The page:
The history of Spain in the 20th century is marked by a succession of collective amnesias. At the end of the last century, forgetting that Spain was no longer a world power, Spaniards went to war with the United States and lost the remnants of their overseas empire. After the Civil War of 1936-9, the millions of Spaniards who had supported the Second Republic were compelled to bury the memory of their former allegiance in order to survive Franco’s vengeful regime. When the dictator died 36 years later, the price of a peaceful transition to democracy was to forget the barbarities of his regime. And now, in the aftermath of a less solemn occasion, the Spanish people are being invited to forget the political divisions of the last three years as the new centre-right Popular Party begins its period of office after striking a deal with the regionalist parties of Catalonia and the Basque Country, its erstwhile political opponents.
The man who has called for this ‘therapy of oblivion’ knows a lot about the advantages of a short historical memory. Manuel Fraga Iribarne, the elder statesman of the Popular Party and President of the Galician regional government, was for many years a prominent minister in the Franco regime, which suppressed regional identities as anti-Spanish. For those who have followed the history of Spain since Franco’s death in 1975, this sort of paradox will come as no surprise. As the prospect of parliamentary democracy grew, the old shibboleths of ‘right’ and ‘left’ were quite simply cast out. The moderation of the new government indicates how far the conservative Right has travelled since the dictatorship. Its disparate tendencies have been brought under one roof, marshalled as much by the prospect of power as by the pragmatism of a new generation of leaders. During the campaign leading up to the 3 March elections, the ruling Socialists had played on the fear that victory for the Popular Party would allow an unreconstructed Right to get back into power. The Popular Party meanwhile, mindful of the need to appeal to the political centre, had stressed its democratic vocation and kept its old Francoists discreetly in the background. As its spokespeople repeatedly asserted, their leader and now Spain’s premier, José María Aznar, an ex-tax inspector, was an ordinary man (‘an extraordinarily ordinary’ man, as one of them claimed) who wanted nothing better man to roll his sleeves up and get down to the job of cleaning up the mess the Socialist Government was alleged to have made. This downbeat populism was based on the not unreasonable calculation that Spanish voters were fed up with political rhetoric and flamboyant personalities
Observers of the political scene in Spain have been rewarded for putting up with a vacuous electoral campaign by a result rich in ironies and historical resonance. Thanks to the opinion polls the Popular Party had taken for granted that they would achieve a majority of at least 176 seats, allowing them to control Congress. Their campaign had begun almost straight after the elections of 1993, which the Socialists won by a margin similar to that of the Popular Party last month, forcing them – like the new government – to seek the support of the Catalan Convergència i Unió Party. At the time Popular Party spokespeople and their supporters in the press launched a sustained onslaught on the government and its partner.
There was much to criticise in the Socialist Administration. Its Minister of the Interior was under investigation for abetting, if not masterminding, the dirty war against ETA (unabashed, the Socialists included him on their electoral lists for the 3 March elections in order to give him Parliamentary immunity). The Administration was accused of irregularities in the funding of the Party and of influence-peddling and corruption; some appointees – the governor of the Central Bank and the head of the Civil Guard, for example – were under investigation for insider dealing, though the scandals also implicated politicians and bankers from other parties, including the Catalan regionalists.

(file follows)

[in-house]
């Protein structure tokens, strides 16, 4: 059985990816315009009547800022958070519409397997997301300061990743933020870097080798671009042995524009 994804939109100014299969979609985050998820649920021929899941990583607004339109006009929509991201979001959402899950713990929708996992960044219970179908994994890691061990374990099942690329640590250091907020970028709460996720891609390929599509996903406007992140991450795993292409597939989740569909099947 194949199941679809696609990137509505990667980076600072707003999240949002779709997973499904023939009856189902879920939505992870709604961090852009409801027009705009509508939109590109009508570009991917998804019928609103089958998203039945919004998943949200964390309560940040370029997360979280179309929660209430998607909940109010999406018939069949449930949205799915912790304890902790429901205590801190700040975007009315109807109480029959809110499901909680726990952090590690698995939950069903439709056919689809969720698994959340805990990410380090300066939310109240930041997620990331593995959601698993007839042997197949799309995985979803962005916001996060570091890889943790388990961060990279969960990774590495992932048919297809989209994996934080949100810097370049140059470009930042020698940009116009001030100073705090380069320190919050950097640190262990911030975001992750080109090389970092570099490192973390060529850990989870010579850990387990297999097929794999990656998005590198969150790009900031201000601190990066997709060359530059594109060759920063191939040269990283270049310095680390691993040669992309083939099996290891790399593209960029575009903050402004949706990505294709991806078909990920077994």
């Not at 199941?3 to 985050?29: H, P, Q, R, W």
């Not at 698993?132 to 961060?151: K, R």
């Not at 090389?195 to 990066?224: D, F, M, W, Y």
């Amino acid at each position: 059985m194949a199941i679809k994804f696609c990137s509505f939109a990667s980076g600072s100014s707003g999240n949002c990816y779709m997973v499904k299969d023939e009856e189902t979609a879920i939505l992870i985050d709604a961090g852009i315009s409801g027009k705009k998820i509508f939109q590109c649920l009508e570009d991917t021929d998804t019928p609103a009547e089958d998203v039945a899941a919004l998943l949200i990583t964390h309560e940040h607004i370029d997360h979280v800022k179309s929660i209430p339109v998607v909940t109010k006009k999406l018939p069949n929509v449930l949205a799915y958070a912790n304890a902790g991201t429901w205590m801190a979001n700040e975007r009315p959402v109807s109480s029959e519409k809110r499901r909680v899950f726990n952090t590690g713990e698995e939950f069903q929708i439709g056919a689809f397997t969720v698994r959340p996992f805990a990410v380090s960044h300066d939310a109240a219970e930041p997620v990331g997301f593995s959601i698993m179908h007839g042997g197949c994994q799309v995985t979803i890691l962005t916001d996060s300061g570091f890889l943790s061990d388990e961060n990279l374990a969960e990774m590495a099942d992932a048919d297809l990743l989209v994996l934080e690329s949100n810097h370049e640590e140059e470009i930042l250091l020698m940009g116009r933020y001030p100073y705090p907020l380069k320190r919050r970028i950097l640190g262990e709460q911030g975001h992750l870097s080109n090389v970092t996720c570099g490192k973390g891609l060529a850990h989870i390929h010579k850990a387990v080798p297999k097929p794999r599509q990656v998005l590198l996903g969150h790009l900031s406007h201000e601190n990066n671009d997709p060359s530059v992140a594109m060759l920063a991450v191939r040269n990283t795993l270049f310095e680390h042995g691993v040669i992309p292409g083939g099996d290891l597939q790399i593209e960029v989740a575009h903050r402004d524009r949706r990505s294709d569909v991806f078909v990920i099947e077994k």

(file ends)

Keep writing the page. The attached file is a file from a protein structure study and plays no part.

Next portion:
In the 19th century, clientelism, bribery and vote-rigging were the only means whereby a weak state had been able to maintain its hegemony over a largely unmodernised society. Today sleaze takes more subtle forms, but it is still part of the country’s political culture. The spoils system connects the political system to civil society. It is part of the Spanish way of life; at its most innocent, it is a means of advancing the interests of the extended family or an expression of good neighbourliness.
This background of corruption provided the only colour in an electoral campaign filled with venomous slogans. The differences in political programme between the two major parties did not appear to be that great because the programmes themselves were vague in the extreme. The contest was between images. The Socialists recruited avant-garde artists, progressive rock stars and intellectuals (much more valued in Latin than in Anglo-Saxon societies) for their electoral jamborees; the Popular Party brought on the crooners, flamenco singers and moralists (and Plácido Domingo). Antonio Banderas v. Julio Iglesias. It was a shock to observe the sea of young faces at Popular Party rallies, especially when one remembers the overwhelming support the Socialists elicited among the young in 1982.
The results of the 3 March elections confounded all expectations. In a large turn-out, the Popular Party won only 156 seats, 20 short of an absolute majority. While the Socialists won 141 seats, the difference in the number of voters favouring each of the two parties was little over 1 per cent (the disparity in the number of seats can be explained by Spain’s peculiar system of proportional representation which the Popular Party utilised to great effect by mopping up small regional conservative parties in the run-up to the elections). The attempt of the United Left coalition to overtake the Socialists and become the main party of the left failed when it garnered only 10.5 percent of the vote, the same as the Communists had won, to their bitter disappointment in the first post-Franco elections of 1977. Indeed, one of the remarkable features of contemporary Spanish democracy is the consistency of voting patterns. The relative success of the Popular Party was not the result of a significant shift to the right among electors but a consequence of its ability to absorb the small conservative parties and of the disappearance of centre parties whose voters might have split equally in favour of the two major parties.